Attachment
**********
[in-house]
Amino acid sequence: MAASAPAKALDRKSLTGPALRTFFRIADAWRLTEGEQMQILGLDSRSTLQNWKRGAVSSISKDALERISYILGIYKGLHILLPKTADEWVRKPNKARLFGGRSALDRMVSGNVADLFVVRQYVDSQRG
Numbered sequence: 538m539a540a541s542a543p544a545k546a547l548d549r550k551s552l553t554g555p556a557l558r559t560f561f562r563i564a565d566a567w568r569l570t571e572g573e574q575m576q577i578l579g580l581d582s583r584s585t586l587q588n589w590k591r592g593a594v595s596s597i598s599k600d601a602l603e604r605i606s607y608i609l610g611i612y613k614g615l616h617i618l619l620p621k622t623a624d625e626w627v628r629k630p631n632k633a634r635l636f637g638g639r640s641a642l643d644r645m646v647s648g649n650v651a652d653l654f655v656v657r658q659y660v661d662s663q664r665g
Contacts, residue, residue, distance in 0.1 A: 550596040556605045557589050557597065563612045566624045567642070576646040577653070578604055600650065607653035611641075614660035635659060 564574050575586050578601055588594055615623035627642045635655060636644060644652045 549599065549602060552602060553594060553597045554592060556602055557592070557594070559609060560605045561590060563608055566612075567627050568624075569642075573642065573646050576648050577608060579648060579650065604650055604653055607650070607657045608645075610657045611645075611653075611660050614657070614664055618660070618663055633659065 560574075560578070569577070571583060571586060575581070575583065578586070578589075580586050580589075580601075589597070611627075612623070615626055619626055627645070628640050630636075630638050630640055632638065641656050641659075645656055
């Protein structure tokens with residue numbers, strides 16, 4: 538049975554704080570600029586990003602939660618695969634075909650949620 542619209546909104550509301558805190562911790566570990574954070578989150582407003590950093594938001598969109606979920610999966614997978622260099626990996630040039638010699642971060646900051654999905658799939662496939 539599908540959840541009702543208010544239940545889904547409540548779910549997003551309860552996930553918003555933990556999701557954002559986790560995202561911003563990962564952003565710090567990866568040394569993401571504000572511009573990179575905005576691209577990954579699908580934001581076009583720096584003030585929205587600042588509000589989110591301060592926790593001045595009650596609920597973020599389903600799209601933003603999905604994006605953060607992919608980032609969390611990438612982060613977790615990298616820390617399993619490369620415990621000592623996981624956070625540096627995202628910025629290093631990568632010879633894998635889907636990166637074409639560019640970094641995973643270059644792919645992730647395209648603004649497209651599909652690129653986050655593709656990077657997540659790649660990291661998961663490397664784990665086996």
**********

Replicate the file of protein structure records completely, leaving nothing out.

[in-house]
Amino acid sequence: MAASAPAKALDRKSLTGPALRTFFRIADAWRLTEGEQMQILGLDSRSTLQNWKRGAVSSISKDALERISYILGIYKGLHILLPKTADEWVRKPNKARLFGGRSALDRMVSGNVADLFVVRQYVDSQRG
Numbered sequence: 538m539a540a541s542a543p544a545k546a547l548d549r550k551s552l553t554g555p556a557l558r559t560f561f562r563i564a565d566a567w568r569l570t571e572g573e574q575m576q577i578l579g580l581d582s583r584s585t586l587q588n589w590k591r592g593a594v595s596s597i598s599k600d601a602l603e604r605i606s607y608i609l610g611i612y613k614g615l616h617i618l619l620p621k622t623a624d625e626w627v628r629k630p631n632k633a634r635l636f637g638g639r640s641a642l643d644r645m646v647s648g649n650v651a652d653l654f655v656v657r658q659y660v661d662s663q664r665g
Contacts, residue, residue, distance in 0.1 A: 550596040556605045557589050557597065563612045566624045567642070576646040577653070578604055600650065607653035611641075614660035635659060 564574050575586050578601055588594055615623035627642045635655060636644060644652045 549599065549602060552602060553594060553597045554592060556602055557592070557594070559609060560605045561590060563608055566612075567627050568624075569642075573642065573646050576648050577608060579648060579650065604650055604653055607650070607657045608645075610657045611645075611653075611660050614657070614664055618660070618663055633659065 560574075560578070569577070571583060571586060575581070575583065578586070578589075580586050580589075580601075589597070611627075612623070615626055619626055627645070628640050630636075630638050630640055632638065641656050641659075645656055
């Protein structure tokens with residue numbers, strides 16, 4: 538049975554704080570600029586990003602939660618695969634075909650949620 542619209546909104550509301558805190562911790566570990574954070578989150582407003590950093594938001598969109606979920610999966614997978622260099626990996630040039638010699642971060646900051654999905658799939662496939 539599908540959840541009702543208010544239940545889904547409540548779910549997003551309860552996930553918003555933990556999701557954002559986790560995202561911003563990962564952003565710090567990866568040394569993401571504000572511009573990179575905005576691209577990954579699908580934001581076009583720096584003030585929205587600042588509000589989110591301060592926790593001045595009650596609920597973020599389903600799209601933003603999905604994006605953060607992919608980032609969390611990438612982060613977790615990298616820390617399993619490369620415990621000592623996981624956070625540096627995202628910025629290093631990568632010879633894998635889907636990166637074409639560019640970094641995973643270059644792919645992730647395209648603004649497209651599909652690129653986050655593709656990077657997540659790649660990291661998961663490397664784990665086996």